Nursing looks a little different now than in the '40s
When Lois Billings Woods graduated from the then-Baptist School of Nursing in 1944, things were very different. World War II was still ongoing and three years of tuition cost $86, including books, nursing uniforms and housing.
Woods has great stories and memories about her time at the now-Baptist Health Sciences University. In fact, she attended the ceremony when we became a College and the Baptist Memorial Health Care Centennial celebration in 2012, where she was the oldest graduate in attendance.
Woods is from Burlison, Tenn. where she graduated from Byars Hall High School.
After taking a gap year for, she entered the Baptist School of Nursing in 1941 entering the three-year nursing program. Students were required to live in the dorms for their entire time in school with a strict 10 p.m. curfew, work voluntary shifts at the hospital and maintain a dress code of dress and stockings even when not in class or working. Students were not allowed to be married or engaged while in school.
“Nursing school didn’t allow for a lot of free time,” explained Woods.
Woods used to walk to church at First Presbyterian or Bellevue Baptist with her friend, as the street car was too pricey for them to take both ways.
During her time, nurses didn’t have specialties or focuses like we do now. They learned a lot of everything from labor and delivery, surgery, medicine and ENT while in the classroom and working shifts at the hospital.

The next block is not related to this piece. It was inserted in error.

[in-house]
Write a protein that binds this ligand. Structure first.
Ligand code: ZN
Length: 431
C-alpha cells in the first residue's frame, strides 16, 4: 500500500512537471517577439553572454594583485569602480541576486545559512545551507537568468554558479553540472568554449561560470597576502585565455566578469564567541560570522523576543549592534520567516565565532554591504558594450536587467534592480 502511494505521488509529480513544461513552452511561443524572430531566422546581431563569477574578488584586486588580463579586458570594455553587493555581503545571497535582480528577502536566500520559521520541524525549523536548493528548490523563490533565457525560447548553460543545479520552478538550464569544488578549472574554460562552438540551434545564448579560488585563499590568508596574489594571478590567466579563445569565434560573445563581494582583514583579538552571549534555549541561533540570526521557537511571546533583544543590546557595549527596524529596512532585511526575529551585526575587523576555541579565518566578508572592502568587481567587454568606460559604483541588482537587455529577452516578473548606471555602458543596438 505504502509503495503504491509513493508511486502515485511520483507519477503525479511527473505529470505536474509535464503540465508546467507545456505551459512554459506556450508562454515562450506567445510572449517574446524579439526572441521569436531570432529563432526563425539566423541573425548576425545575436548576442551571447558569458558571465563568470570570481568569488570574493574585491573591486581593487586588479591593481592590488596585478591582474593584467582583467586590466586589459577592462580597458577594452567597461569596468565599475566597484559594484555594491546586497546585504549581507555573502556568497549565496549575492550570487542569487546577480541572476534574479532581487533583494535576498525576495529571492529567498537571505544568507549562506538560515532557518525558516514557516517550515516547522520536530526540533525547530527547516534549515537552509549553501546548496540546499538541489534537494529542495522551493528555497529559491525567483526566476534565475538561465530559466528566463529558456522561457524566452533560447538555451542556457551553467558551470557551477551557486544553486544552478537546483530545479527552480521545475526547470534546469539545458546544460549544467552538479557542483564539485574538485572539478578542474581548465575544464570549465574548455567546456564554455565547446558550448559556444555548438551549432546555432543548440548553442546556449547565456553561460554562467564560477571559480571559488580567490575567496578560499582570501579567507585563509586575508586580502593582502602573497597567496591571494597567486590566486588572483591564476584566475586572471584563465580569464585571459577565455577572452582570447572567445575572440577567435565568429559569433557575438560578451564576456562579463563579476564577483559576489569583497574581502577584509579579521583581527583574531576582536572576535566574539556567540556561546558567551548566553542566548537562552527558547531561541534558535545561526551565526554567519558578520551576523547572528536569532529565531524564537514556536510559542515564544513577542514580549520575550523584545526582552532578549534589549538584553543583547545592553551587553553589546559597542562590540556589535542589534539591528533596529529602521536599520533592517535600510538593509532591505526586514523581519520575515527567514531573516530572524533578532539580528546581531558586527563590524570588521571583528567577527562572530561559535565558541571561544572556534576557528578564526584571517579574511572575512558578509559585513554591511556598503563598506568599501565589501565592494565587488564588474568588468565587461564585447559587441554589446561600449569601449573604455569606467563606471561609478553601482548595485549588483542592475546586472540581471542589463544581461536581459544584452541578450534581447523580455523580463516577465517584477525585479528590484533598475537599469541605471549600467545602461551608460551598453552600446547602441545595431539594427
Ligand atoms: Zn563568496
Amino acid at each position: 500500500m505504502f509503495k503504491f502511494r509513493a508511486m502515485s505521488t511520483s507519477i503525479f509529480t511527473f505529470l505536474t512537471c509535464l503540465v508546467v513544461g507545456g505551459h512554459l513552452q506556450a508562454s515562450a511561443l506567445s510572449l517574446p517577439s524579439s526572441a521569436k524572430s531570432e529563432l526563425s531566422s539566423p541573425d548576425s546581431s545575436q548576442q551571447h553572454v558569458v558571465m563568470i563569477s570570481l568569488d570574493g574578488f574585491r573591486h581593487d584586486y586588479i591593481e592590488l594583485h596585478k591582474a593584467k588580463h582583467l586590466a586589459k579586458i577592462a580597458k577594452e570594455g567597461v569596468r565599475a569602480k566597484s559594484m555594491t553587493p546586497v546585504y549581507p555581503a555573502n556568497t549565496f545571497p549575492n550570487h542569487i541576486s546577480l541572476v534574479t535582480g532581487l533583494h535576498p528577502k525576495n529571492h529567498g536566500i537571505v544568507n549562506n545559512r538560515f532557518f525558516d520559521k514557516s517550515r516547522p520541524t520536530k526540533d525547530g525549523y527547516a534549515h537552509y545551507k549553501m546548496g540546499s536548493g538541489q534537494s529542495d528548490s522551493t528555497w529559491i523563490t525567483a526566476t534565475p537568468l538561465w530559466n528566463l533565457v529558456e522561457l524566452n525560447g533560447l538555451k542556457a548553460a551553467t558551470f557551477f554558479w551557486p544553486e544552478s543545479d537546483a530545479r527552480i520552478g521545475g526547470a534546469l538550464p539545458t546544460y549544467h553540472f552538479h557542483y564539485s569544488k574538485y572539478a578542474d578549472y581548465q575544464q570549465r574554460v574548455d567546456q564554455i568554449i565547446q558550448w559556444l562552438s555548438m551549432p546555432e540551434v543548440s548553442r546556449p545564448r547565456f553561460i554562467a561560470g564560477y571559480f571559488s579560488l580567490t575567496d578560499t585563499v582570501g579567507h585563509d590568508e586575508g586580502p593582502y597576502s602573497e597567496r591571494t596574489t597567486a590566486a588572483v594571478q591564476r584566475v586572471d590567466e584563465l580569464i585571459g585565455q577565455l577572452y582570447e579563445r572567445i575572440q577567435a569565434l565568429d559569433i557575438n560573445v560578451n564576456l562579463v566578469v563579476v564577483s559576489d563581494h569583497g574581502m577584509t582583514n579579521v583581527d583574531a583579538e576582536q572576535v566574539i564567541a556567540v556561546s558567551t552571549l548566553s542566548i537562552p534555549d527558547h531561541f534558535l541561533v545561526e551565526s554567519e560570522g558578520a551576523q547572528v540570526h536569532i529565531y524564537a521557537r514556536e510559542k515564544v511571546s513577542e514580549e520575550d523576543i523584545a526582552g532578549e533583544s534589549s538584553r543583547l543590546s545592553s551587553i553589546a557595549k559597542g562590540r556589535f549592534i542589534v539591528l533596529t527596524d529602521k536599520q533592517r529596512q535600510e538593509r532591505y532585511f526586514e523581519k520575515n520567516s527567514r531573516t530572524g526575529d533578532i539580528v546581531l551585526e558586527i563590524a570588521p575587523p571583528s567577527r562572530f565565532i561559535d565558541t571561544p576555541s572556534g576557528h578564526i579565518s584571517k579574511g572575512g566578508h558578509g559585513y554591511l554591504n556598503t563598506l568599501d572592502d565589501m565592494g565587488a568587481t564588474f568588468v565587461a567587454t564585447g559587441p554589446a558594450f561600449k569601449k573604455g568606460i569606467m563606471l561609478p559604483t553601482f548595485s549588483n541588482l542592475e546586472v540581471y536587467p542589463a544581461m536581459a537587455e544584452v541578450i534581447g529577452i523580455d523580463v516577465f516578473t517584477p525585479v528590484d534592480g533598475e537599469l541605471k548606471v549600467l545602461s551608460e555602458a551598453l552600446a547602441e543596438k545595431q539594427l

While in nursing school, Woods met her husband who was a chef at the Peabody Hotel. She would take friends down to Peabody on occasion for meals he would prepare. Three months before Woods was set to graduate, she and her husband eloped in Marion, Ark.. She thought that her teachers suspected that she had gotten married, which wasn’t allowed as a student, but no one ever questioned her.
After graduation, Woods worked as a private duty nurse which is similar to current in-home nursing except she often lived with the patients, then in a doctor’s office and then at the VA Hospital located at Park and Getwell, where she worked until 1967. Her husband passed away the previous year and she had a young child, Charlotte, so the shift work of weekends and night wasn’t conducive to child care. She does have good memories of her time at the VA Hospital though.
“Patients stayed in the hospital a lot longer then, so they became friends, family almost in some cases,” said Woods.
Charlotte, her daughter, remembered her mom bringing home patient family members’ laundry. She even took her own television up to the hospital so that patients and their families could watch the World Series one year.
After leaving the VA, Woods worked at the US Army Corps of Engineers as an Occupational Health Nurse then moved to The Memphis Defense Depot in the Employee Health Clinic. While at the Memphis Defense Depot, Woods was commended by the Colonel for her outstanding work and responses during emergency situations.
When she retired, Woods worked as a travel nurse for American Contract Bridge League tournaments. Each state has a different licensing body for nursing, but Woods was able to practice in the states where tournaments were held, which she attributes to the training from Baptist School of Nursing.
When asked what she would say to current nurses, Woods said “Don’t forget you are there for the patients; it’s about caring for the sick.”
Thank you, Lois, for your wonderful story. Alumni, you can read this article again the next Alumni News magazine.